This is part of our guide to monitoring in the UK. This page and the following pages explain what companies can and cannot do.
You will find this information in printed form in our monitoring kit.
We will look at the main provisions of the rules. The Code and Resolutions – and the UK law.
Advertising of breastmilk substitutes
International Code and Resolutions
The Code and Resolutions prohibit all advertising and other forms of promotion of breastmilk substitutes, feeding bottles and teats. The ban on promotion covers infant formula, follow-on formula and milks for older babies (up to 36 months). There is no restriction on products being sold, as long as they comply with labelling and composition requirements.
Companies may provide scientific and factual information to health workers. Health workers are responsible for supporting parents.
The UK Law prohibits advertising and promotion of infant formula only (marketed for use from birth). Follow-on formula (marketed for use from 6 months of age) and milks for older babies can be advertised and promoted – BUT this must not cross-promote infant formula through similar branding or by it not being obvious the product is for older babies.
Formula is widely advertised in the UK. Below is an internet and television advertisement for the Aptamil brand, promoting it as based on 40 years of breastmilk research.
The advertisement suggests the formula turns babies into mathematical geniuses and gives them the strength, stamina and balance of ballerinas.
Advertising such as this breaks the Code and Resolutions.
Article 5.1 of the Code states:
There should be no advertising or other form of promotion to the general public of products within the scope of this Code.
The Code covers all breastmilk substitutes – that is any product that substitutes for breastmilk (including follow-on formula and milks for older babies) – feeding bottles and teats.
Note, World Health Assembly Resolution 39.28 states:
the practice being introduced in some countries of providing infants with specially formulated milks (so-called “follow-up milks”) is not necessary.
Such advertising also breaks the UK Regulations, though this has not been tested in court as the enforcement authorities have not yet brought a prosecution.
It is illegal to advertise infant formula to the public. Scientific and factual information can be provided to health workers and infant formula can be advertised to the retail trade. The full text of Regulation 21 can be found below.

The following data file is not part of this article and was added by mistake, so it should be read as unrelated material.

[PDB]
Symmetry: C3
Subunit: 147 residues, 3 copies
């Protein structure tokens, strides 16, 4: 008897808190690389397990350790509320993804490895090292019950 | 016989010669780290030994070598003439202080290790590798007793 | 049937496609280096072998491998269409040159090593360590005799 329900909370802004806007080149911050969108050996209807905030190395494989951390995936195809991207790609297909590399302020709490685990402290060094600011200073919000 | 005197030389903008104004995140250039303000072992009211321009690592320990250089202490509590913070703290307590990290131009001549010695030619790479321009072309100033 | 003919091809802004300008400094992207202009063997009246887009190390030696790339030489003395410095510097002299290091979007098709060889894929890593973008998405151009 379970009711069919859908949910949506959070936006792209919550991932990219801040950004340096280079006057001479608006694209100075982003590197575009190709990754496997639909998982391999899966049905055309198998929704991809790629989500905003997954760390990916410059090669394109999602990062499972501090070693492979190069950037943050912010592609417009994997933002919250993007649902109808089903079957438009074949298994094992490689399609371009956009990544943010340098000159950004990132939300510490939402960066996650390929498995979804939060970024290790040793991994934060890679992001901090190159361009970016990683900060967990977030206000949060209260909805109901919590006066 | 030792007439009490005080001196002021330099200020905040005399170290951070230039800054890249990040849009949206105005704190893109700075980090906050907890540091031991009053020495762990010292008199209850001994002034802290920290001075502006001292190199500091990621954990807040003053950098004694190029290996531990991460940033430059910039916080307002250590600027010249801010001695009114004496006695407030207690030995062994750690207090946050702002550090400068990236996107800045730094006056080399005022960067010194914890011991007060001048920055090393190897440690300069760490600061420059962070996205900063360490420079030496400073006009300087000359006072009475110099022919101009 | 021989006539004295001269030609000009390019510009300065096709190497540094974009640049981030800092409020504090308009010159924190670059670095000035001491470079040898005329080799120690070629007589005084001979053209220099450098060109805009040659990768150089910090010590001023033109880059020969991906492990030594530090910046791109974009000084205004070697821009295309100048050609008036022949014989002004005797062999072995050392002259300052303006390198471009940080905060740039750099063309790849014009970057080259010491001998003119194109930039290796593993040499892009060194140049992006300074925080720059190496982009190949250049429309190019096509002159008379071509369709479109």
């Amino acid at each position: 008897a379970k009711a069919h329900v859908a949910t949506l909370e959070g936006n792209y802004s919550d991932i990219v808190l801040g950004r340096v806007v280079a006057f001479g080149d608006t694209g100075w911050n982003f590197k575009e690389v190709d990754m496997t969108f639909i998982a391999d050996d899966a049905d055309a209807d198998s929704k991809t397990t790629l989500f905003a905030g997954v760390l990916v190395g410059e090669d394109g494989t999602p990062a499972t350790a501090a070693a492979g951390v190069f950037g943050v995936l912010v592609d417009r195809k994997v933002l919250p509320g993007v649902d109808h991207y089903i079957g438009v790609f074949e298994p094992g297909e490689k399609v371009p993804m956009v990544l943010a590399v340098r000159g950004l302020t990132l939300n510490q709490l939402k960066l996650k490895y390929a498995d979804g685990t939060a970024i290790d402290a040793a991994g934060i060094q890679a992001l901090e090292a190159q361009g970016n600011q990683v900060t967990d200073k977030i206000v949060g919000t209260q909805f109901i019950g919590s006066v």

Although follow-on formula can be advertised to the public under the Regulations, they require the avoidance of “any risk of confusion between infant formula and follow-on formula”.
The Guidance Notes state clearly:
48. In order to achieve compliance, companies will therefore need to [inter alia] ensure that formula advertising does not:
• promote a range of formula products by making the brand the focus of the advert, rather than specific products (e.g. where specific products are mentioned only in a footnote or in a picture of a tin of formula within the advertisement)
The example below is typical as the brand used for the infant formula dominates. The advertiser tries to squeeze through the follow-on formula loophole by including a picture of a tin of follow-on formula. This is insufficient according to the Guidance Notes.
In this particular case, Trading Standards told then owners Pfizer/Wyeth to change the advertising, but did not bring a prosecution, instead deferring to an investigation by the Advertising Standards Authority (ASA). The ASA upheld two of Baby Milk Action’s complaints, ruling that Pfizer/Wyeth could not substantiate its claim that SMA formula is the “best”, but it rejected the argument regarding legality.
The ASA levies no fines and requires no corrections. It enforces its own voluntary code and is funded by the advertising industry. (For further information, see the Baby Milk Action briefing: How the Advertising Standards Authority fails to protect babies and their families in the UK).
The formula pictured in the advertisement is incorrectly labelled as it is virtually identical to the infant formula. The regulations state with regard to formula labels:
19. Infant formula and follow-on formula shall be labelled in such a way that it enables consumers to make a clear distinction between such products so as to avoid any risk of confusion between infant formula and follow on formula.
Baby Milk Action asked Nestlé to respect the law when it purchased the SMA brand in 2012, but despite several relaunches of the packaging, it continues to make labels virtually identical and cross promotional.
The full text of regulation 21, prohibiting promotion of infant formula is as follows:
21.—(1) No person shall advertise infant formula—
(i) in a scientific publication, or
(ii) for the purposes of trade prior to the retail stage, in a publication of which the intended readership is other than the general public; and
(b) unless the advertisement complies with the provisions of regulation 17(1)(e), (2), (3) and (4), [relating to information required on labels] regulation 19 [requiring a clear distinction from follow-on formula] and paragraph (2) and (3) [below].
(2) Advertisements for infant formula shall only contain information of a scientific and factual nature.
(3) Information in advertisements for infant formula shall not imply or create a belief that bottle-feeding is equivalent or superior to breast feeding.
Please report any practices that concern you to firstname.lastname@example.org
Guide to UK formula rules: